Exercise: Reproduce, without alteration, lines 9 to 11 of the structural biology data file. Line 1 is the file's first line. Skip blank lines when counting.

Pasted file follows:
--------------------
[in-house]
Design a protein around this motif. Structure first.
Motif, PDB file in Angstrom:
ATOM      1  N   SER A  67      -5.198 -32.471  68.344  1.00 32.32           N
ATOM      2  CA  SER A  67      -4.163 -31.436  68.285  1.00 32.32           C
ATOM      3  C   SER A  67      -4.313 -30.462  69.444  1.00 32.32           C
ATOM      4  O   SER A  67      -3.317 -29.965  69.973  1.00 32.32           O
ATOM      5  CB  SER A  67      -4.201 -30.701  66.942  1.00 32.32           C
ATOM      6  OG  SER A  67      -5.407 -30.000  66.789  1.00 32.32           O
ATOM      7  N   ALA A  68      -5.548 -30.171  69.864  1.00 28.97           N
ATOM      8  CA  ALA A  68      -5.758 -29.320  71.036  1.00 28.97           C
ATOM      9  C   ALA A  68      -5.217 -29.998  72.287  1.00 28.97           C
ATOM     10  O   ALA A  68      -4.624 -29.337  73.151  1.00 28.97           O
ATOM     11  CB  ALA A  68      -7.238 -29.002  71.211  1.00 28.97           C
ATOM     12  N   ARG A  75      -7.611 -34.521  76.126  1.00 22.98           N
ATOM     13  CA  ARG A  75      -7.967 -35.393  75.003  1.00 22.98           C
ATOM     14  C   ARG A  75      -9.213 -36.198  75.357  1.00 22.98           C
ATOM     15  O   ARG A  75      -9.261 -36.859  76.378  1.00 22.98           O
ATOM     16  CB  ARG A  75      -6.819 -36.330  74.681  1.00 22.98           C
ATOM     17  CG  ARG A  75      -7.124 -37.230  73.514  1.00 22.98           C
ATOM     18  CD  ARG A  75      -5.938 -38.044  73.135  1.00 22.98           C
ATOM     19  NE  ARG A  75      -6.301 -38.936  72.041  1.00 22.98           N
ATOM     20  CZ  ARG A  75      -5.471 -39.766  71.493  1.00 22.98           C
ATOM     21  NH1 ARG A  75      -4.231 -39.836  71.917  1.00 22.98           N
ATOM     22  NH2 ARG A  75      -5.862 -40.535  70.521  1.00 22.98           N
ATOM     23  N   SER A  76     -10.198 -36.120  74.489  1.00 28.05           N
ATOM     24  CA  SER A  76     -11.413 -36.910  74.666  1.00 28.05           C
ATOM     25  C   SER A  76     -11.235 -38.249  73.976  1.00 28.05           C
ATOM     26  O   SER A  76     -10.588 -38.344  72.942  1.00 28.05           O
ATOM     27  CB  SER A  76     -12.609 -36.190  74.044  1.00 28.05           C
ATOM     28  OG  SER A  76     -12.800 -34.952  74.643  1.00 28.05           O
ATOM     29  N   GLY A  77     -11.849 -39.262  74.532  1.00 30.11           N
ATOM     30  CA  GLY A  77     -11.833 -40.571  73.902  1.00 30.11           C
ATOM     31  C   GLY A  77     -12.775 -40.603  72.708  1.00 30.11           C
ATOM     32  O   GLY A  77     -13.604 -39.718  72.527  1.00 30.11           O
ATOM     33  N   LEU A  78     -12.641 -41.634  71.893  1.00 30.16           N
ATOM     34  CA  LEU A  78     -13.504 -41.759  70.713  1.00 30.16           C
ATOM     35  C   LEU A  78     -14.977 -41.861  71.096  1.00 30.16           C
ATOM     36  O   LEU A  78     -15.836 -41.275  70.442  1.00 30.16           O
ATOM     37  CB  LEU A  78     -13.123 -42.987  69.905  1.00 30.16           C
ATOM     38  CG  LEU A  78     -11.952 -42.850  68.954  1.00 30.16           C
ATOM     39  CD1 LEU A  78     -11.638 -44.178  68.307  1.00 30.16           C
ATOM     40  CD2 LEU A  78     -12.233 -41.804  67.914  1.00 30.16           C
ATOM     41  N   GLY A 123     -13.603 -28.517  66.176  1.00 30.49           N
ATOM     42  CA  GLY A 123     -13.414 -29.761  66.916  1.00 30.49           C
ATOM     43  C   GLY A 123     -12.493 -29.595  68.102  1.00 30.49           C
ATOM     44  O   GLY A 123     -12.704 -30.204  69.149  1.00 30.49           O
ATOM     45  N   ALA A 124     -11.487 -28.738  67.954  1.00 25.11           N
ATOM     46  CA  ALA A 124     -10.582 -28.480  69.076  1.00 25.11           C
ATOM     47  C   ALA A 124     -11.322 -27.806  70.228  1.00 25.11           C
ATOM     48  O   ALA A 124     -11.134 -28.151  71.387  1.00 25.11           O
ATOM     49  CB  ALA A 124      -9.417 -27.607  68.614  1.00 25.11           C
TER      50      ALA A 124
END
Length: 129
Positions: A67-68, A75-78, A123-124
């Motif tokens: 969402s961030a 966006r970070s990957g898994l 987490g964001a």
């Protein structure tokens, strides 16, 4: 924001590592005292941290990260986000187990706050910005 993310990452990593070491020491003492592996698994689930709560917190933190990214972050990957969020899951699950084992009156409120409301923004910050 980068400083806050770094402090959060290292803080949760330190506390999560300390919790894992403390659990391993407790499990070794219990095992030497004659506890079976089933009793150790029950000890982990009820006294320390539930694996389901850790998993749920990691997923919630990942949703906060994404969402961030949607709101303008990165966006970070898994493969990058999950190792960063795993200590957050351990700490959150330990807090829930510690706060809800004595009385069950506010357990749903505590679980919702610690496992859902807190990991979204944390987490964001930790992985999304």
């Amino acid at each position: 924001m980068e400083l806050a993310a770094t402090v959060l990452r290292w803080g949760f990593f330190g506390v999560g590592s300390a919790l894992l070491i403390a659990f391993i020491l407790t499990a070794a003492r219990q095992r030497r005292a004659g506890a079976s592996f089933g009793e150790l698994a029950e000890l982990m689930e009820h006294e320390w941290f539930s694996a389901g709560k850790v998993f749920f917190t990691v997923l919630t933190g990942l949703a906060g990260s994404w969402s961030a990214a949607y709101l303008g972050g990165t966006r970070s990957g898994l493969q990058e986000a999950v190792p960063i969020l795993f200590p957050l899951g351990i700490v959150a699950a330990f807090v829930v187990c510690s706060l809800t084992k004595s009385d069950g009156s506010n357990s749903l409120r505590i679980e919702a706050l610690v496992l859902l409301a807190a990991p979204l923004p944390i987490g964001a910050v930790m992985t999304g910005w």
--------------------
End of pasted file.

ATOM      6  OG  SER A  67      -5.407 -30.000  66.789  1.00 32.32           O
ATOM      7  N   ALA A  68      -5.548 -30.171  69.864  1.00 28.97           N
ATOM      8  CA  ALA A  68      -5.758 -29.320  71.036  1.00 28.97           C